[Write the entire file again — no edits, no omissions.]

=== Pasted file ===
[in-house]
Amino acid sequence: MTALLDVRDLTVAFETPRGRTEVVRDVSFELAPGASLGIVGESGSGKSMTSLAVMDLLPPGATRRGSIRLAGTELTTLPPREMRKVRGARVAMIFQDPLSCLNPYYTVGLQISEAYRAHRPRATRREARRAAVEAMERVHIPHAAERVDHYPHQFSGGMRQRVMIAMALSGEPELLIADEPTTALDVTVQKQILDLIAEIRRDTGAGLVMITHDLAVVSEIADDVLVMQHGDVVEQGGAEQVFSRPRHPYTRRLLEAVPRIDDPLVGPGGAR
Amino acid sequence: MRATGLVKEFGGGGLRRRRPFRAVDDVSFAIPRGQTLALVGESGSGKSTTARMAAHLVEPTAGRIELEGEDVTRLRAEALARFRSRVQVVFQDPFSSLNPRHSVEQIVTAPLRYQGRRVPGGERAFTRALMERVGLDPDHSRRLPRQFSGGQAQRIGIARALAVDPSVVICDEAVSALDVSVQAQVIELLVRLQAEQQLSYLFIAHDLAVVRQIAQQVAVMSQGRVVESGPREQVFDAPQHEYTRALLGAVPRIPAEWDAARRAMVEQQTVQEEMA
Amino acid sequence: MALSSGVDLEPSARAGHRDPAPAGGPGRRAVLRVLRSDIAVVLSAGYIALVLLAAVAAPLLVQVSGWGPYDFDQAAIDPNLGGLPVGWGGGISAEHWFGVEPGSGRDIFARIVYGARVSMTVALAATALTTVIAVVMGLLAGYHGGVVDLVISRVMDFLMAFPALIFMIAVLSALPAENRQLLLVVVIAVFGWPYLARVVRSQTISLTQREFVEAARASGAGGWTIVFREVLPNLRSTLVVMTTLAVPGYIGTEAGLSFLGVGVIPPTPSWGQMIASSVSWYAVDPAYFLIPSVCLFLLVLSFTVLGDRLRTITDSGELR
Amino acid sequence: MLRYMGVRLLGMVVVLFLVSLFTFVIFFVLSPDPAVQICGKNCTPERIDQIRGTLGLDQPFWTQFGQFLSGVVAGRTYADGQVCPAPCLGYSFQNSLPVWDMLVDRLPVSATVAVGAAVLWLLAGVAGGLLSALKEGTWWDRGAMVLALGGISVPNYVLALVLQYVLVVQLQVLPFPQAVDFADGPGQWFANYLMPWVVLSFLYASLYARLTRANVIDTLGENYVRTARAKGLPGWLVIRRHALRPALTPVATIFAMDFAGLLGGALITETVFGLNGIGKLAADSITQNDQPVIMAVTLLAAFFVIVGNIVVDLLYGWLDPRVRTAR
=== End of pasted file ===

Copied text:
[in-house]
Amino acid sequence: MTALLDVRDLTVAFETPRGRTEVVRDVSFELAPGASLGIVGESGSGKSMTSLAVMDLLPPGATRRGSIRLAGTELTTLPPREMRKVRGARVAMIFQDPLSCLNPYYTVGLQISEAYRAHRPRATRREARRAAVEAMERVHIPHAAERVDHYPHQFSGGMRQRVMIAMALSGEPELLIADEPTTALDVTVQKQILDLIAEIRRDTGAGLVMITHDLAVVSEIADDVLVMQHGDVVEQGGAEQVFSRPRHPYTRRLLEAVPRIDDPLVGPGGAR
Amino acid sequence: MRATGLVKEFGGGGLRRRRPFRAVDDVSFAIPRGQTLALVGESGSGKSTTARMAAHLVEPTAGRIELEGEDVTRLRAEALARFRSRVQVVFQDPFSSLNPRHSVEQIVTAPLRYQGRRVPGGERAFTRALMERVGLDPDHSRRLPRQFSGGQAQRIGIARALAVDPSVVICDEAVSALDVSVQAQVIELLVRLQAEQQLSYLFIAHDLAVVRQIAQQVAVMSQGRVVESGPREQVFDAPQHEYTRALLGAVPRIPAEWDAARRAMVEQQTVQEEMA
Amino acid sequence: MALSSGVDLEPSARAGHRDPAPAGGPGRRAVLRVLRSDIAVVLSAGYIALVLLAAVAAPLLVQVSGWGPYDFDQAAIDPNLGGLPVGWGGGISAEHWFGVEPGSGRDIFARIVYGARVSMTVALAATALTTVIAVVMGLLAGYHGGVVDLVISRVMDFLMAFPALIFMIAVLSALPAENRQLLLVVVIAVFGWPYLARVVRSQTISLTQREFVEAARASGAGGWTIVFREVLPNLRSTLVVMTTLAVPGYIGTEAGLSFLGVGVIPPTPSWGQMIASSVSWYAVDPAYFLIPSVCLFLLVLSFTVLGDRLRTITDSGELR
Amino acid sequence: MLRYMGVRLLGMVVVLFLVSLFTFVIFFVLSPDPAVQICGKNCTPERIDQIRGTLGLDQPFWTQFGQFLSGVVAGRTYADGQVCPAPCLGYSFQNSLPVWDMLVDRLPVSATVAVGAAVLWLLAGVAGGLLSALKEGTWWDRGAMVLALGGISVPNYVLALVLQYVLVVQLQVLPFPQAVDFADGPGQWFANYLMPWVVLSFLYASLYARLTRANVIDTLGENYVRTARAKGLPGWLVIRRHALRPALTPVATIFAMDFAGLLGGALITETVFGLNGIGKLAADSITQNDQPVIMAVTLLAAFFVIVGNIVVDLLYGWLDPRVRTAR